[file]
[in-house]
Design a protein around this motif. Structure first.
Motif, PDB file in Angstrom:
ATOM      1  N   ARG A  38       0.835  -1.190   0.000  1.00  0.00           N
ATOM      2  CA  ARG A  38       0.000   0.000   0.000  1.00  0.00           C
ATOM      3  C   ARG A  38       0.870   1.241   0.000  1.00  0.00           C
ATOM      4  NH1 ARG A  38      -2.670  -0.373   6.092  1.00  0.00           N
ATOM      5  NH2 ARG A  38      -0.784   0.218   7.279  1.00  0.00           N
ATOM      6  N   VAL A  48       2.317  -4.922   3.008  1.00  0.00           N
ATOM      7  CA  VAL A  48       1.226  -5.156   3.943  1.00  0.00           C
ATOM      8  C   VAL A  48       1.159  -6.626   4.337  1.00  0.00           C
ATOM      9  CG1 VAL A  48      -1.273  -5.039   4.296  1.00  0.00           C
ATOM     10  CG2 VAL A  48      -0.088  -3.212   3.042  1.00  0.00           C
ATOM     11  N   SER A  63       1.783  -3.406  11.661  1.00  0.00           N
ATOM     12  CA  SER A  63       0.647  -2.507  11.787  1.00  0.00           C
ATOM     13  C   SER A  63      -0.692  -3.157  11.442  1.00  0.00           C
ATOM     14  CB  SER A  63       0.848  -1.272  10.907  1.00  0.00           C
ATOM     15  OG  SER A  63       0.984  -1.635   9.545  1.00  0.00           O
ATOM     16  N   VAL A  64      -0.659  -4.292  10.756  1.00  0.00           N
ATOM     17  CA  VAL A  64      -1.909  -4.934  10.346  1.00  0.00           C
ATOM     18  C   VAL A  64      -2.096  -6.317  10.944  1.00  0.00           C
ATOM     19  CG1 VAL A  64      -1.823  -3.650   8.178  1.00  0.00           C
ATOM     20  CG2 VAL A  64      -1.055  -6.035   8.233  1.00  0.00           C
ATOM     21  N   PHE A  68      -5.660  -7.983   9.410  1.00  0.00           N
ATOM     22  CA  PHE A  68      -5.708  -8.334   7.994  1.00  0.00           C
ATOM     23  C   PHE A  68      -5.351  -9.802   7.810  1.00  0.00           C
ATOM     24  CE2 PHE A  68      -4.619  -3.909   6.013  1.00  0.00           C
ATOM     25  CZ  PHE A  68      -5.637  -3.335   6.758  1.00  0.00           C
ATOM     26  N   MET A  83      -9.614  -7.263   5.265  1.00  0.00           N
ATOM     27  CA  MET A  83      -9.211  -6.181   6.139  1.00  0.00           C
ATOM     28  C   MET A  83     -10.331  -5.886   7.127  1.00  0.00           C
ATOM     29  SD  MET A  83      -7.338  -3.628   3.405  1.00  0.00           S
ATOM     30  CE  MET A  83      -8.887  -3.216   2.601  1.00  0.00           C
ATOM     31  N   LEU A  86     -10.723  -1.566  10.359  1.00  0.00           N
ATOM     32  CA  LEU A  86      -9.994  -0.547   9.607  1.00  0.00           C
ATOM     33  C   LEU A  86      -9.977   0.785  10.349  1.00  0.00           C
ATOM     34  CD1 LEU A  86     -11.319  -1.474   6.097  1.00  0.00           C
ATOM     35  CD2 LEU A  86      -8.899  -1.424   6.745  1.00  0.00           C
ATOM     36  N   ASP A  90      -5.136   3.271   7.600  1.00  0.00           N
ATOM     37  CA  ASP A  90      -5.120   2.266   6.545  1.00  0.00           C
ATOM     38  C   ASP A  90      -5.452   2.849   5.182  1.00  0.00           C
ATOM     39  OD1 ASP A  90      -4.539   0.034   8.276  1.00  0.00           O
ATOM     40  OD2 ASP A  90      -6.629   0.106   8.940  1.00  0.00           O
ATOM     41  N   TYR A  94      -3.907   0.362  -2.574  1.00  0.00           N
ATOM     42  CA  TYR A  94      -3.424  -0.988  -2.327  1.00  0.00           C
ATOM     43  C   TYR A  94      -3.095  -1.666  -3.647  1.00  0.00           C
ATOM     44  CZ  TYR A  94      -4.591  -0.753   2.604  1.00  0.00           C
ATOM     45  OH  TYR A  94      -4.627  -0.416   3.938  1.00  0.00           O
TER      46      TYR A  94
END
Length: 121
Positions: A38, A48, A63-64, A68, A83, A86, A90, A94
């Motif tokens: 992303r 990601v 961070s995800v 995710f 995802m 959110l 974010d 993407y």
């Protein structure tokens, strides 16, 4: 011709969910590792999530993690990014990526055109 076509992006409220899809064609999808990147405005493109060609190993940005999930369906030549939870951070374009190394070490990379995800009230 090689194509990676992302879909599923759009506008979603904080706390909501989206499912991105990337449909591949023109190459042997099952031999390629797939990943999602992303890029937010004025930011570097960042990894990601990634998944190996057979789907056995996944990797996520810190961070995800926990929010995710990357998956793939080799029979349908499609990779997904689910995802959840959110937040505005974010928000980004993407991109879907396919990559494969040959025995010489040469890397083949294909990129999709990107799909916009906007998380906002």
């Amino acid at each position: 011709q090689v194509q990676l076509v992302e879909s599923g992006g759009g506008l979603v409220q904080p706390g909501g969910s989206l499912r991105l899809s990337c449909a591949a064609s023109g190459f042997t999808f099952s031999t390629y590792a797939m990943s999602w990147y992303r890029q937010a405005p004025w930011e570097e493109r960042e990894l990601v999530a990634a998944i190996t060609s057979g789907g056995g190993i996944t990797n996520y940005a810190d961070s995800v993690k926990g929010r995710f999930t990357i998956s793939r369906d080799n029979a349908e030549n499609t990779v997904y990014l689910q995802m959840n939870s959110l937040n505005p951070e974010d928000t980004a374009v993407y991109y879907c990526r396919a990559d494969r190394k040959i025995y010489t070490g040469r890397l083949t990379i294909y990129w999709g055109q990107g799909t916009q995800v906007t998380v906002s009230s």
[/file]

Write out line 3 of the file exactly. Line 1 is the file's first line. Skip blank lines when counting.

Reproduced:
Motif, PDB file in Angstrom: